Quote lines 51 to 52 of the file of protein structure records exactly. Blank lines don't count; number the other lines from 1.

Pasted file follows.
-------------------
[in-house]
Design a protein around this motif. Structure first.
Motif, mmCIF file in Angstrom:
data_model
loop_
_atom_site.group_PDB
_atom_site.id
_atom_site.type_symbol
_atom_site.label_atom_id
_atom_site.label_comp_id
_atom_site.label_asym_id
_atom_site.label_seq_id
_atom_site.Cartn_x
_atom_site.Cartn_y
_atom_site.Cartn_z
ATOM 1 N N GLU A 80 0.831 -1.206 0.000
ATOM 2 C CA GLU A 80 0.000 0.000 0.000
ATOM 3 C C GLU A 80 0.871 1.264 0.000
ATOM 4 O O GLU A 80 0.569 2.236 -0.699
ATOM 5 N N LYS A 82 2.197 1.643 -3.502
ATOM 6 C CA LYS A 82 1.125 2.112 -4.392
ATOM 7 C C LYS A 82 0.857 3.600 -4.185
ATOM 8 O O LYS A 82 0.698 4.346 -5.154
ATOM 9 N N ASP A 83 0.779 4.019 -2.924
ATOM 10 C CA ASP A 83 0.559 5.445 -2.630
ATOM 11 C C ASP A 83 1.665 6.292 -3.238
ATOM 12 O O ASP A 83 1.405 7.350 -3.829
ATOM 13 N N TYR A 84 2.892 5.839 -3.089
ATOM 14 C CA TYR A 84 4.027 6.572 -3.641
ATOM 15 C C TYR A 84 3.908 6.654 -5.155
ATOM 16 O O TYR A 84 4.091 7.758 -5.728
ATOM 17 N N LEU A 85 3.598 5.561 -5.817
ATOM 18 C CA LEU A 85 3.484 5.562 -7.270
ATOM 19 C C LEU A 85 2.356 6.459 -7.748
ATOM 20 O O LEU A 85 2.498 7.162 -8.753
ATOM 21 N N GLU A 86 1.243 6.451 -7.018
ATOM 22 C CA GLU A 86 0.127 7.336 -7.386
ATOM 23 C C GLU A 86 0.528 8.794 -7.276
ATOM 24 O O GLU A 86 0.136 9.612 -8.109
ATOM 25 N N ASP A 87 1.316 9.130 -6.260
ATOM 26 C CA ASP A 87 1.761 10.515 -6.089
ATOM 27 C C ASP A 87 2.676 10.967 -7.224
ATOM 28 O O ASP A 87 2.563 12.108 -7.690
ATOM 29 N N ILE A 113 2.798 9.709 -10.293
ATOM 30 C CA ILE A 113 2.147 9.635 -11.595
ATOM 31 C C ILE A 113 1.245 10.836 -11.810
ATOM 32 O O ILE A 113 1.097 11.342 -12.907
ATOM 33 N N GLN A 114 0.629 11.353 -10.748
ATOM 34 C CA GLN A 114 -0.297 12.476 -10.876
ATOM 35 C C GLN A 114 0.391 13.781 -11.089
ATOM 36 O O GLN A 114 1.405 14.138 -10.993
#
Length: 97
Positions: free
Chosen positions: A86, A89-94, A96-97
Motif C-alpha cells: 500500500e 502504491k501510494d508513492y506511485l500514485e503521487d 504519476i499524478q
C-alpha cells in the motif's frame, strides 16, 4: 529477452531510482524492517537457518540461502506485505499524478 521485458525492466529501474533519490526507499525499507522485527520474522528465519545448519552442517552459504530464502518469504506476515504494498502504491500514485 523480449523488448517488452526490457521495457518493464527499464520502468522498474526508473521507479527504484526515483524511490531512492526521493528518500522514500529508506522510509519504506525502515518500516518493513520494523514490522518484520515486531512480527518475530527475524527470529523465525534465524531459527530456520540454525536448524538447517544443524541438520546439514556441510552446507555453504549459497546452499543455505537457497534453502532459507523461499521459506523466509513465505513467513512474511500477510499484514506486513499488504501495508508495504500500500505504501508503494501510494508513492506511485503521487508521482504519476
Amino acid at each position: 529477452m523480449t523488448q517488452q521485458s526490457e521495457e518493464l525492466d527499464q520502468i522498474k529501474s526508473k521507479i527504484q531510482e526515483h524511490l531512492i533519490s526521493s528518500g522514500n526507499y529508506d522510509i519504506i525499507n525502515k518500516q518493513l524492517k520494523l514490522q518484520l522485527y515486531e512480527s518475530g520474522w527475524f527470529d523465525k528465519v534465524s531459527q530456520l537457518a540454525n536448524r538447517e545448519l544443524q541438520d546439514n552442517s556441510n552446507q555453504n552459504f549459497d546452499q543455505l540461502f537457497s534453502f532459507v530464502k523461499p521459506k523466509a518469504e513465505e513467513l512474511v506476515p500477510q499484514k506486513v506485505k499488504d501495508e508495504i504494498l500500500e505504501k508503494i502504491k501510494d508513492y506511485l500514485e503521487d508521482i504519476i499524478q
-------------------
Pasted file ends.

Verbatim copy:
ATOM 36 O O GLN A 114 1.405 14.138 -10.993
#